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Carpinteria Salt Marsh. Photo Credit: MATT PERKO


Oceanographer uncovers the relationship between size and productivity in one of the world’s most complex ecosystems

Full of rainwater from Hurricane Irene, which drenched New England in August 2011, the Connecticut River sent large amounts of muddy sediment into Long Island Sound. Photo by NASA Earth Observatory


Sea levels in coastal areas can be affected by a number of factors: tides, winds, waves, and even barometric pressure all play a role in the ebb and flow of the ocean. For the first time, however, a new study led by the Woods Hole Oceanographic Institution (WHOI) has shown that river outflow could play a role in sea level change as well.

Scientists have detailed how they designed and tested a biodegradable ocean drifter that tracks and measures shallow-depth (0.60 meter) surface currents. Drifters are an important tool that allows researchers to capture data of ocean currents over long periods of time. However, the study authors note that “because of the large numbers involved, drifters must be low-cost, compact, easy to handle, and also made of materials harmless to the environment”.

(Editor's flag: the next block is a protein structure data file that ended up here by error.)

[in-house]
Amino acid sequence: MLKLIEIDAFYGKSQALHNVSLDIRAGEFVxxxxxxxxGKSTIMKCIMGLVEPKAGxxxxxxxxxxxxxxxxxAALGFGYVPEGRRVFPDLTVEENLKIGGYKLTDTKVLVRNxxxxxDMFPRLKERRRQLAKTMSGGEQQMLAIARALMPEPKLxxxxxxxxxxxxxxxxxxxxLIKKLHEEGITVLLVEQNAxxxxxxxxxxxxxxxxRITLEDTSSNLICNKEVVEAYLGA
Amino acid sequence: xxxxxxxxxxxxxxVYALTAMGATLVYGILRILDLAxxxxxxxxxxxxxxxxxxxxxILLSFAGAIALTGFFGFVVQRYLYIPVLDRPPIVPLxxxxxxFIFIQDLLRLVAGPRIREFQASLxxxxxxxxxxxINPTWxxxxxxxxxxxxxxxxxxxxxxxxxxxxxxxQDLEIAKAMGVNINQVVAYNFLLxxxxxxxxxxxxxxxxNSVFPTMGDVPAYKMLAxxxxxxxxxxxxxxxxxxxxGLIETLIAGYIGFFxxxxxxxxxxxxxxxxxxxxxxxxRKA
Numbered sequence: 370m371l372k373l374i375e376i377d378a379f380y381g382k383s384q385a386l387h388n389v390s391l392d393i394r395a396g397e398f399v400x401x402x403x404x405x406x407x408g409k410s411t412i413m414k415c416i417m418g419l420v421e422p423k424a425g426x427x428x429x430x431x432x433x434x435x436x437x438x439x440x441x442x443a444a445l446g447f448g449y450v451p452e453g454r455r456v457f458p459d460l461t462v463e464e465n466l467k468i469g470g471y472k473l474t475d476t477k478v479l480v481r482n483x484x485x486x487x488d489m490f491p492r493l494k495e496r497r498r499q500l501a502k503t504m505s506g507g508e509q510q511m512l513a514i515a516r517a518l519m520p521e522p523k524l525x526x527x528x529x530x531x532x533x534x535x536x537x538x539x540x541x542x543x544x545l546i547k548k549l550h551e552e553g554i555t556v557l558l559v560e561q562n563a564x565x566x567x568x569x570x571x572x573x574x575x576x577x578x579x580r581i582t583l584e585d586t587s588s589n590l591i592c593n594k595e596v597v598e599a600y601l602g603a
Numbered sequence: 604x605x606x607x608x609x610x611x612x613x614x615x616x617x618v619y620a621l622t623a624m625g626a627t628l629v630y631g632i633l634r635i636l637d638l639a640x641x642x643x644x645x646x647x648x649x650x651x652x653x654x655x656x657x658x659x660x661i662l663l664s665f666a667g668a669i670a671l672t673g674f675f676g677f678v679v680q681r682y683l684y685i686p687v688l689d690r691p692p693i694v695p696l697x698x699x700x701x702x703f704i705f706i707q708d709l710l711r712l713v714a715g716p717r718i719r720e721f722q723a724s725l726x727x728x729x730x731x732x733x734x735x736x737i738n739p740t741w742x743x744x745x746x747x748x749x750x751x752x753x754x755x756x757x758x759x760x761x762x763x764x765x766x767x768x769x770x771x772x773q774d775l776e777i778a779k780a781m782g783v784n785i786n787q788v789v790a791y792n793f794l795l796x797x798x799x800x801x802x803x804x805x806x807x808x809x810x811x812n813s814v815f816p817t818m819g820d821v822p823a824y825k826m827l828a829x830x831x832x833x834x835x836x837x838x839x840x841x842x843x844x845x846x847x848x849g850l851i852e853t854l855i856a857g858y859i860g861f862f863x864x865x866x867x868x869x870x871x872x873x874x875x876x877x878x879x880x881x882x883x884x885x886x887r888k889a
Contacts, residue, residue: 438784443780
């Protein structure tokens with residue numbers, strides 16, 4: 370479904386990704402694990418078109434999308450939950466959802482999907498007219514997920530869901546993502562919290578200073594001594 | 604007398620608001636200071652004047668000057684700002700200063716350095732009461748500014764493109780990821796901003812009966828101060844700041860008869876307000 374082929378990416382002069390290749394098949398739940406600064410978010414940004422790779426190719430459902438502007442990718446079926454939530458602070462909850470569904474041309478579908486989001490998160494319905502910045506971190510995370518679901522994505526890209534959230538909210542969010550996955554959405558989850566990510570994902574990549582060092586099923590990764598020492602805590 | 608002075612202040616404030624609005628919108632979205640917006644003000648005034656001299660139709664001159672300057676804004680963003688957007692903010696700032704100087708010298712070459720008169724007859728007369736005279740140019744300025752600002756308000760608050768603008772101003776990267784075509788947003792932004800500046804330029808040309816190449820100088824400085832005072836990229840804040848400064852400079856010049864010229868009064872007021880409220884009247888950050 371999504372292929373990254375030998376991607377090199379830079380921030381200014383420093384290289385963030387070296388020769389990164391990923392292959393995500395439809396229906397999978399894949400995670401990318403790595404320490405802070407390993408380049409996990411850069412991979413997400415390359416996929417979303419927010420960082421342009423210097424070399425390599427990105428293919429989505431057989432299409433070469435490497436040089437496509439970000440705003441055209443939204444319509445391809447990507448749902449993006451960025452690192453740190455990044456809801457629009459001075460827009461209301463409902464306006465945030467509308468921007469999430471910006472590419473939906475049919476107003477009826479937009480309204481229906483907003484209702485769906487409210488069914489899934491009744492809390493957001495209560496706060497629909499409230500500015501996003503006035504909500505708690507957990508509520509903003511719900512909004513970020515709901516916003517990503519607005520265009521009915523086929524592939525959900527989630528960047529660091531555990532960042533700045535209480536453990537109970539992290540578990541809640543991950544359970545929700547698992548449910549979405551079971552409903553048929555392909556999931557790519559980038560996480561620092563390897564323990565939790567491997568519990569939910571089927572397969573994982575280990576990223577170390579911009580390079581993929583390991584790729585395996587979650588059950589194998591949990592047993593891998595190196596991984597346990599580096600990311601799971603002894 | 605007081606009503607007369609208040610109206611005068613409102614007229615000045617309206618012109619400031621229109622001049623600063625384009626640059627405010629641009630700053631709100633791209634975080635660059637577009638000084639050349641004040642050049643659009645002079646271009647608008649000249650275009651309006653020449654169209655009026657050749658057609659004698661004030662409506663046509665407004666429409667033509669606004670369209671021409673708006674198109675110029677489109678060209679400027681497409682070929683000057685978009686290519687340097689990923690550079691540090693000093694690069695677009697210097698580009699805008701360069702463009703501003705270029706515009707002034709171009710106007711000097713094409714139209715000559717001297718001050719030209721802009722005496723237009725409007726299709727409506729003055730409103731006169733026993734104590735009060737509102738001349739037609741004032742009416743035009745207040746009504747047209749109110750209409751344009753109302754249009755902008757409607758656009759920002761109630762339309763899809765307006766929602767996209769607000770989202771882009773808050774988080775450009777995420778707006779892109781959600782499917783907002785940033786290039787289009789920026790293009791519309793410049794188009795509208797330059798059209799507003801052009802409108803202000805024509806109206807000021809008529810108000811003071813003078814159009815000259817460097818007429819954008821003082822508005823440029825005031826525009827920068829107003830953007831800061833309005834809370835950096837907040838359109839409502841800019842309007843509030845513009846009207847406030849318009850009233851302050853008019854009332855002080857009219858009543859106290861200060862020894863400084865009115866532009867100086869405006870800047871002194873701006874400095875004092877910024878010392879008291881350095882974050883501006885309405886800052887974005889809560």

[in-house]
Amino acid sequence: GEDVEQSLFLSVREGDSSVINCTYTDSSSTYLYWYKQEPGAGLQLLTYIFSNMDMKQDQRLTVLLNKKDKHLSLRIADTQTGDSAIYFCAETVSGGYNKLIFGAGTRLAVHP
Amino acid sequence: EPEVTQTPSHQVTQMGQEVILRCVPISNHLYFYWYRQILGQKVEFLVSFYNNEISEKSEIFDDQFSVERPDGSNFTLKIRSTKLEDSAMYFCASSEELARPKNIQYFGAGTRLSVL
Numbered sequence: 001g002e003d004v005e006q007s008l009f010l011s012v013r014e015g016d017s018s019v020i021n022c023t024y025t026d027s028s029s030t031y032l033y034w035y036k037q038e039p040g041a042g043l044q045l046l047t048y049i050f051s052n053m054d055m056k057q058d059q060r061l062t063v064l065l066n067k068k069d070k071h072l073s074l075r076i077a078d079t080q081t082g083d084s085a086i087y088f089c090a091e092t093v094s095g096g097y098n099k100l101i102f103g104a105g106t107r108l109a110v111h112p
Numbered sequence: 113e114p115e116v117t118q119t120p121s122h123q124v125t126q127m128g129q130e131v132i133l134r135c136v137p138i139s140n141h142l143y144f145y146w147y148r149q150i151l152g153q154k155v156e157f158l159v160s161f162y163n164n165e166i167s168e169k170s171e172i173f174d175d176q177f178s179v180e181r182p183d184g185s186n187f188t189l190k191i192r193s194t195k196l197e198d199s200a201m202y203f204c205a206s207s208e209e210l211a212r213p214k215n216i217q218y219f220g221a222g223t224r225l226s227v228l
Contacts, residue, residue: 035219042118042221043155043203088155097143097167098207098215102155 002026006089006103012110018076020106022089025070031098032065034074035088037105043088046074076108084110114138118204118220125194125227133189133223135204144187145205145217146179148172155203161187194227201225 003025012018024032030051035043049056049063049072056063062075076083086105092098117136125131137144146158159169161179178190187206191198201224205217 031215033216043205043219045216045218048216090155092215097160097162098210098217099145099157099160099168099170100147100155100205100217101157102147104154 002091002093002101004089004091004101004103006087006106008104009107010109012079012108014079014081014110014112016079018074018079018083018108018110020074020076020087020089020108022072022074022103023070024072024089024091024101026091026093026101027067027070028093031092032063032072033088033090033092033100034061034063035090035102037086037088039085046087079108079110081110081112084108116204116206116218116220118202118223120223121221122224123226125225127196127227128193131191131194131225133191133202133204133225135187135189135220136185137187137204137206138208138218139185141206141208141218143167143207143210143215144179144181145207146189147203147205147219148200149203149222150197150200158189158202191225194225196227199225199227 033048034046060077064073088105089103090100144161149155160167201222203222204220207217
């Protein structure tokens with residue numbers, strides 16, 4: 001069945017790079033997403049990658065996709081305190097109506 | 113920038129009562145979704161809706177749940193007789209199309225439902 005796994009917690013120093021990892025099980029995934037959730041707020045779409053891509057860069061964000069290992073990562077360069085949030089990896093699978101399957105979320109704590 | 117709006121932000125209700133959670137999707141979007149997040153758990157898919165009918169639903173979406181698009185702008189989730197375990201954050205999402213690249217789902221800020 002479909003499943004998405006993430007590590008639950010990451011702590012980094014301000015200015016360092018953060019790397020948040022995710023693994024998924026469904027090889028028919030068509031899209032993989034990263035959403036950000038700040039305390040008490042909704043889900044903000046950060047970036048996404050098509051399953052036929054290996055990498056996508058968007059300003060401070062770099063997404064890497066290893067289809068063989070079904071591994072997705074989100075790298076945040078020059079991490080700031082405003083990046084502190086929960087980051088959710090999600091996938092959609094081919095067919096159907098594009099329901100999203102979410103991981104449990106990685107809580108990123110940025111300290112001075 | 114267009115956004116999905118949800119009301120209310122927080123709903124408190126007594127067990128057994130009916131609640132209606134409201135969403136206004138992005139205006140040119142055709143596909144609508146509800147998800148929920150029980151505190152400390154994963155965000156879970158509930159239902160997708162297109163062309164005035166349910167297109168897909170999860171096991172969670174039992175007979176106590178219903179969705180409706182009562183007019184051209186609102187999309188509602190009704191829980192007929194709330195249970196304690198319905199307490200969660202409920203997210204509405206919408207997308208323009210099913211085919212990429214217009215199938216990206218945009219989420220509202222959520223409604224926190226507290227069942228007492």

A Flightwave Edge UAV, piloted by Trent Lukaczyk, soars towards R/V Falkor, while a DJI Mavic, piloted by Manuel Ribeiro, follows behind.


Using multiple autonomous vehicles simultaneously, an interdisciplinary team of scientists and engineers returns to the US after exploring the North Pacific Subtropical front – a sharp boundary where cold fresh waters from the north meet warm salty waters from the south.

A landmark international study, recently published in Nature Geoscience, shows that the Great Barrier Reef has suffered 5 death events in the last 30,000 years.

A research team has successfully recorded the sound of methane bubbles from the seafloor off the Oregon coast using a hydrophone, opening the door to using acoustics to identify – and perhaps quantify – this important greenhouse gas in the ocean.